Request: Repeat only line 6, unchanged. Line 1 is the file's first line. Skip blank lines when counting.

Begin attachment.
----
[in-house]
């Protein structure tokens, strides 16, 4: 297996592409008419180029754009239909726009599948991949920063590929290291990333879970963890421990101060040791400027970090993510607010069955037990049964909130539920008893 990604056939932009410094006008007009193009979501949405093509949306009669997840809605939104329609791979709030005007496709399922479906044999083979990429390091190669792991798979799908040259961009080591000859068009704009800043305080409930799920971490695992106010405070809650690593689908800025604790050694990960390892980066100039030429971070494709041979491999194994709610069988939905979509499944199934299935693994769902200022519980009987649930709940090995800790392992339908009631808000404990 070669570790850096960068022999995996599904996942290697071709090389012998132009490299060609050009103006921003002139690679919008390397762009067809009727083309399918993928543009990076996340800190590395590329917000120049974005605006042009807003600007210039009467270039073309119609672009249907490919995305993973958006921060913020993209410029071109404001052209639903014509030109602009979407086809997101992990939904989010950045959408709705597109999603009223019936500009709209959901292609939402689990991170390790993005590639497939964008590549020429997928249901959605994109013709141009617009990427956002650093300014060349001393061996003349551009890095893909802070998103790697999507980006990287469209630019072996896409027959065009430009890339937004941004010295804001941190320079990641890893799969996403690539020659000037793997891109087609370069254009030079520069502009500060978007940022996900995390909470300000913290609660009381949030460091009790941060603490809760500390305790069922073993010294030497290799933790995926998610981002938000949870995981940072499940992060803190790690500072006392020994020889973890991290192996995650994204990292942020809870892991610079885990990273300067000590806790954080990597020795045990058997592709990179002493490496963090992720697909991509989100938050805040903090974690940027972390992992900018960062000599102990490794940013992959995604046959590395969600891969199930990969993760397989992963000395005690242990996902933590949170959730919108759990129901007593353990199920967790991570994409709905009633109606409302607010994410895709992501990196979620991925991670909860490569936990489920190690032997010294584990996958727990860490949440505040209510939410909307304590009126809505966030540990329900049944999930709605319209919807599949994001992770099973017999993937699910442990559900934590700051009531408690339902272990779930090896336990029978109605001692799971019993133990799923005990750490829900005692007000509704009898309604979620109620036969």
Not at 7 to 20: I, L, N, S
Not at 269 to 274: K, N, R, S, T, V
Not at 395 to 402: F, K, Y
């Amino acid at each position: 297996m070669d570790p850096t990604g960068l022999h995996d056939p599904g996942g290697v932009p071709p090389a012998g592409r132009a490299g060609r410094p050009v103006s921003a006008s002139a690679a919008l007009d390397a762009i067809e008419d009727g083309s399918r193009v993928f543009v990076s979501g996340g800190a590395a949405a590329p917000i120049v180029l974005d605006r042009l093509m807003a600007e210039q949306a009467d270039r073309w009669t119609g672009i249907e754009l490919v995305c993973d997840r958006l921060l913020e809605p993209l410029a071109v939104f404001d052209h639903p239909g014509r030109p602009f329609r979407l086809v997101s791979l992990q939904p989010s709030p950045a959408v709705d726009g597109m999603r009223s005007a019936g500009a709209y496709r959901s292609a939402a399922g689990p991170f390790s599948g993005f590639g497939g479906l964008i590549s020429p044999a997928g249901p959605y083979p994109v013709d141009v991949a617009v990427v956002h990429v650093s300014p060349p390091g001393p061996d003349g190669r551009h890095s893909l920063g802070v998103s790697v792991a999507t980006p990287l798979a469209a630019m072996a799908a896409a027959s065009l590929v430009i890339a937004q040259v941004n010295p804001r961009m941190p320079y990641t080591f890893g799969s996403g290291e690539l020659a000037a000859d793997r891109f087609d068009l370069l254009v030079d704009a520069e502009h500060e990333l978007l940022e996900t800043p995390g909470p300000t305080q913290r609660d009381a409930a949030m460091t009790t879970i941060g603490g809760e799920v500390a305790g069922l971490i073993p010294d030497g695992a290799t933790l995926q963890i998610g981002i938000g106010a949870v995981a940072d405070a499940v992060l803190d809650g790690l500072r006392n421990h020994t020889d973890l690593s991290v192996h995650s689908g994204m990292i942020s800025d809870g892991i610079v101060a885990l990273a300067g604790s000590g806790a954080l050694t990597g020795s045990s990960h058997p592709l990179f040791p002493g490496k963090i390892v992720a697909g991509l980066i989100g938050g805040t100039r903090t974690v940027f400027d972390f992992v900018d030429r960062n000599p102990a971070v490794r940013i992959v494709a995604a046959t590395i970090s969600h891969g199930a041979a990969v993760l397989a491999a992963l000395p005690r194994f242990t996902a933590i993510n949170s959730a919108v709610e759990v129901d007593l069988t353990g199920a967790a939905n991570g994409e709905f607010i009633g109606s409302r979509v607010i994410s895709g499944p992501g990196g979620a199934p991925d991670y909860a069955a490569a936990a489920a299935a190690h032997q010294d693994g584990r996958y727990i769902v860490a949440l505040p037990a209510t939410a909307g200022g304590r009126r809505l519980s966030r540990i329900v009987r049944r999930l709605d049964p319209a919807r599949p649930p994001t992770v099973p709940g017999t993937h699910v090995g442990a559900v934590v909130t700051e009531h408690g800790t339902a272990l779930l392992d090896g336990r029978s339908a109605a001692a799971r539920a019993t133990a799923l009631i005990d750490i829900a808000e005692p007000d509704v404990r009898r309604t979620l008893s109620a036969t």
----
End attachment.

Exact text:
């Amino acid at each position: 297996m070669d570790p850096t990604g960068l022999h995996d056939p599904g996942g290697v932009p071709p090389a012998g592409r132009a490299g060609r410094p050009v103006s921003a006008s002139a690679a919008l007009d390397a762009i067809e008419d009727g083309s399918r193009v993928f543009v990076s979501g996340g800190a590395a949405a590329p917000i120049v180029l974005d605006r042009l093509m807003a600007e210039q949306a009467d270039r073309w009669t119609g672009i249907e754009l490919v995305c993973d997840r958006l921060l913020e809605p993209l410029a071109v939104f404001d052209h639903p239909g014509r030109p602009f329609r979407l086809v997101s791979l992990q939904p989010s709030p950045a959408v709705d726009g597109m999603r009223s005007a019936g500009a709209y496709r959901s292609a939402a399922g689990p991170f390790s599948g993005f590639g497939g479906l964008i590549s020429p044999a997928g249901p959605y083979p994109v013709d141009v991949a617009v990427v956002h990429v650093s300014p060349p390091g001393p061996d003349g190669r551009h890095s893909l920063g802070v998103s790697v792991a999507t980006p990287l798979a469209a630019m072996a799908a896409a027959s065009l590929v430009i890339a937004q040259v941004n010295p804001r961009m941190p320079y990641t080591f890893g799969s996403g290291e690539l020659a000037a000859d793997r891109f087609d068009l370069l254009v030079d704009a520069e502009h500060e990333l978007l940022e996900t800043p995390g909470p300000t305080q913290r609660d009381a409930a949030m460091t009790t879970i941060g603490g809760e799920v500390a305790g069922l971490i073993p010294d030497g695992a290799t933790l995926q963890i998610g981002i938000g106010a949870v995981a940072d405070a499940v992060l803190d809650g790690l500072r006392n421990h020994t020889d973890l690593s991290v192996h995650s689908g994204m990292i942020s800025d809870g892991i610079v101060a885990l990273a300067g604790s000590g806790a954080l050694t990597g020795s045990s990960h058997p592709l990179f040791p002493g490496k963090i390892v992720a697909g991509l980066i989100g938050g805040t100039r903090t974690v940027f400027d972390f992992v900018d030429r960062n000599p102990a971070v490794r940013i992959v494709a995604a046959t590395i970090s969600h891969g199930a041979a990969v993760l397989a491999a992963l000395p005690r194994f242990t996902a933590i993510n949170s959730a919108v709610e759990v129901d007593l069988t353990g199920a967790a939905n991570g994409e709905f607010i009633g109606s409302r979509v607010i994410s895709g499944p992501g990196g979620a199934p991925d991670y909860a069955a490569a936990a489920a299935a190690h032997q010294d693994g584990r996958y727990i769902v860490a949440l505040p037990a209510t939410a909307g200022g304590r009126r809505l519980s966030r540990i329900v009987r049944r999930l709605d049964p319209a919807r599949p649930p994001t992770v099973p709940g017999t993937h699910v090995g442990a559900v934590v909130t700051e009531h408690g800790t339902a272990l779930l392992d090896g336990r029978s339908a109605a001692a799971r539920a019993t133990a799923l009631i005990d750490i829900a808000e005692p007000d509704v404990r009898r309604t979620l008893s109620a036969t």